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September 24, 2015
At the end of each summer before coming back to Harvard, I always tell myself that this year is the year I am going to try to do more activities, join a club and branch out as best I can from my normal routine of practice, school work, and wishing Winthrop dining hall would actually be my dad's home cooking. I begin each year with this revived mindset, giving myself a mental pep talk about how even though watching Friends is a great (and hilarious) break, there are a ton of incredible other ways on Harvard's campus and in Boston to spend that extra hour of down time. From Fenway Park to Faneuil Hall to Winthrop's weekly Restorative Yoga, I knew that no matter what mood I was in there would be an activity that could seamlessly fill the free time I had between class, practice and my other commitments.
In the past two years I've been pretty successful for about the first week of school, having a ton of extra energy from the buzz of being on campus and the hours of extra sleep I built up during the last weeks of summer. However, this jolt of energy and commitment to my makeshift "New Year's" resolution has failed to last through the obstacle of actually beginning to do homework again. Despite a zero-for-two record, I still approached my junior year with the same resolution in mind, and like the saying goes, third time is the charm. It's now the fourth week of school and I'm still going strong.
A couple weeks ago I had a day off from soccer and was caught by surprise at the lack of work I had to do, so I went to a Red Sox game at Fenway Park with some friends. While baseball is definitely not my favorite sport to watch, the Green Monster and soft serve ice cream in a mini helmet always keep me coming back. Being an afternoon game the sun was absolutely brutal and I was sweating more than I probably would have if I had had practice, but being in Fenway and taking the—somewhat fragrant—T ride reminded me that Boston is an amazing city and I would be insane to choose AC and a nap over the life and history of my surroundings. Not many people can walk to where Paul Revere said "One, if by land and two, if by sea," and eat a mouthwatering cannoli from Mike's Pastries while doing it.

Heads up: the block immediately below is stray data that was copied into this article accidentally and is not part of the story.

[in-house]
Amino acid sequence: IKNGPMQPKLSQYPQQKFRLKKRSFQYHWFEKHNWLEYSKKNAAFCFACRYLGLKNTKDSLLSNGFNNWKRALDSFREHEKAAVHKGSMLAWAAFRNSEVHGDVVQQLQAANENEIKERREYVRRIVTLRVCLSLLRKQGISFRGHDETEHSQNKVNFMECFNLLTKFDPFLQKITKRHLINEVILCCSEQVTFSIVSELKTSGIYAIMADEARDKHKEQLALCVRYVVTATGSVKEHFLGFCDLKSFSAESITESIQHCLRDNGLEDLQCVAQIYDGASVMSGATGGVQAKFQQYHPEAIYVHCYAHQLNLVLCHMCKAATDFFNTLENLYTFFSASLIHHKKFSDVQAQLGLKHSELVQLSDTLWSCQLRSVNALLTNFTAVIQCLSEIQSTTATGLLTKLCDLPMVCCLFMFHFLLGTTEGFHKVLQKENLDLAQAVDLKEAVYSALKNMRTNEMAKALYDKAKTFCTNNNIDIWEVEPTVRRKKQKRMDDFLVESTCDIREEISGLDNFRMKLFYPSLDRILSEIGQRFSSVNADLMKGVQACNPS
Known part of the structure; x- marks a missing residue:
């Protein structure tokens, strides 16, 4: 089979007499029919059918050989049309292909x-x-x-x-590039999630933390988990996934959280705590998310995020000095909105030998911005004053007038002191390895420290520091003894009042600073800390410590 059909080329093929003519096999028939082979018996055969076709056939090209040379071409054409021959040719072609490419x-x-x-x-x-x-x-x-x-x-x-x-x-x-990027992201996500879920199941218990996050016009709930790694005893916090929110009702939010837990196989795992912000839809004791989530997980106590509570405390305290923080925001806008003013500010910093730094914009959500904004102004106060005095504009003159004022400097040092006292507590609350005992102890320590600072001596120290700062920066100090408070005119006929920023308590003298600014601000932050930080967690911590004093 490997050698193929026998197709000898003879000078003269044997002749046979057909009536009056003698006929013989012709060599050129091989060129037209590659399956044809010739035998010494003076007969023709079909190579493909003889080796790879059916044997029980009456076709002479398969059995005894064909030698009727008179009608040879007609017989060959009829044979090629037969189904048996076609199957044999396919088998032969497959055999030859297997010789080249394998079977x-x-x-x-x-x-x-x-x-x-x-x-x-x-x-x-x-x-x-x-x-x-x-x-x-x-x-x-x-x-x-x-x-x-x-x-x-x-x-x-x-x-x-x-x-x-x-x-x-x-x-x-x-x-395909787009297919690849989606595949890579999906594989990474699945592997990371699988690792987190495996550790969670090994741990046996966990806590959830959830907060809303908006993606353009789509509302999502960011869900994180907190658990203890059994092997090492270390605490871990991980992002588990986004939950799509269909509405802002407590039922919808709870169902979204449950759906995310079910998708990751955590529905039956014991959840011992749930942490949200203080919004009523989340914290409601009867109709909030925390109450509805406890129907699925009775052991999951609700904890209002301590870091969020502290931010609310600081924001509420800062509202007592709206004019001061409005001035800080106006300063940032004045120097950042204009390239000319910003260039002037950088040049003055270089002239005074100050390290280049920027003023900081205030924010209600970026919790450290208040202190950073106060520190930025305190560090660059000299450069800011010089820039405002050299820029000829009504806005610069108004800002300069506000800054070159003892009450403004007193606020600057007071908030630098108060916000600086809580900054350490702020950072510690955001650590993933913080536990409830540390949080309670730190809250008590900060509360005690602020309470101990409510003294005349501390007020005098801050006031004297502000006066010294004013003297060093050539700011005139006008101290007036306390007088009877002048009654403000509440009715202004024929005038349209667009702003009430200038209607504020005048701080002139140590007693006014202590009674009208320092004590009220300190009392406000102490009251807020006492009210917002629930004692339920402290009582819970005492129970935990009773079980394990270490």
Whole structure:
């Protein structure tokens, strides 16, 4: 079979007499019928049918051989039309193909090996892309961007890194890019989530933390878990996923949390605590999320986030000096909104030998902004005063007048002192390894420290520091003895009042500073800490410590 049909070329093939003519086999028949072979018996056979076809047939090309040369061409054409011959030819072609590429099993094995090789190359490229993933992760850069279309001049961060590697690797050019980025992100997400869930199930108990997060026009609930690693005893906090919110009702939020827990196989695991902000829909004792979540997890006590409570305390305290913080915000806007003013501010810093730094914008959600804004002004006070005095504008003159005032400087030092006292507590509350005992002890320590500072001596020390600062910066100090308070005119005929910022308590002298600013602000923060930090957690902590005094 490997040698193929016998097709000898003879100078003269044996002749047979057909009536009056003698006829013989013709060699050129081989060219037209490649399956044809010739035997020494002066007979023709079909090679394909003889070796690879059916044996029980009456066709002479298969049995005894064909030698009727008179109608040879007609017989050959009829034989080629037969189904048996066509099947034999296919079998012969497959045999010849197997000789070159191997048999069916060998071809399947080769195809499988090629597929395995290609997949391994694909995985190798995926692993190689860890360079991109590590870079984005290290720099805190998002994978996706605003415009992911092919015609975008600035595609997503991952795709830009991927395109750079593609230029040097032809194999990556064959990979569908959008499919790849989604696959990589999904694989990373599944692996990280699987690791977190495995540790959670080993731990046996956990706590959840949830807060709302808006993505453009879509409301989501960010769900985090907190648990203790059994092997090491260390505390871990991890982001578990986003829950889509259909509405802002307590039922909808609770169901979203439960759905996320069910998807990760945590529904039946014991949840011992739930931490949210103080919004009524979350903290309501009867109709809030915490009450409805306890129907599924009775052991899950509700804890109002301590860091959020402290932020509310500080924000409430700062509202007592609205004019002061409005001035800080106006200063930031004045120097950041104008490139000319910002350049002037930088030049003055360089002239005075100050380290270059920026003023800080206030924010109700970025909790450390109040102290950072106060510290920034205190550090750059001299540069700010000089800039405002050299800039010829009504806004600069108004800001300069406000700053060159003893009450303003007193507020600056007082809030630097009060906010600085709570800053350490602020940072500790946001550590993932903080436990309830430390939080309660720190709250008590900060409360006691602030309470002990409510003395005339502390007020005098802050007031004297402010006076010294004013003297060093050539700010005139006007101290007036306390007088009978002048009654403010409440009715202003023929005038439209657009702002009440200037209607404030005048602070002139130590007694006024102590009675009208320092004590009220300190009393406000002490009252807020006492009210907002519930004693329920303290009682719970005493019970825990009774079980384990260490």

Last night, I continued my streak by attending a talk by the comedian Kevin Breel on mental health. Given how relevant mental health is on college campuses and how important the discussion about it has become, I flagged the email a couple days ago thinking I might want to go. As I was finishing dinner and thinking about how far the walk to Emerson would be (for reference it's probably only five minutes...therefore, not long at all), I reminded myself of my resolution and cleared my tray to walk over. I could not have been happier with my decision. Kevin Breel's talk about mental health was both inspiring and eye-opening, reminding me not only that mental health is a topic I am really interested in, but also that every time I don't really feel like attending a talk or going to a club meeting, I end up loving being there.
He was funny (predictably), genuine and honest, speaking about his struggle with depression during his teenage years and how since then he has dramatically changed his life with the help of those around him. He opened and closed with the same phrase, "own your story so your story doesn't own you," which really resonated with me. While its meaning was something drastically different to him than how I interpreted it in terms of myself last night, I still feel like it carried a lot of weight. This idea of branching out, trying new things and spending my time in different ways is like owning my own story. I could fall back into the schedule that I have had for the past two years, or I could change it up and actively make each day new and unique. While I can't realistically make every day full of surprises, I can certainly make thirty minutes of each day more exciting than I had originally expected, and my new plan for today is to read a chapter of Kevin Breel's book "Boy Meets Depression".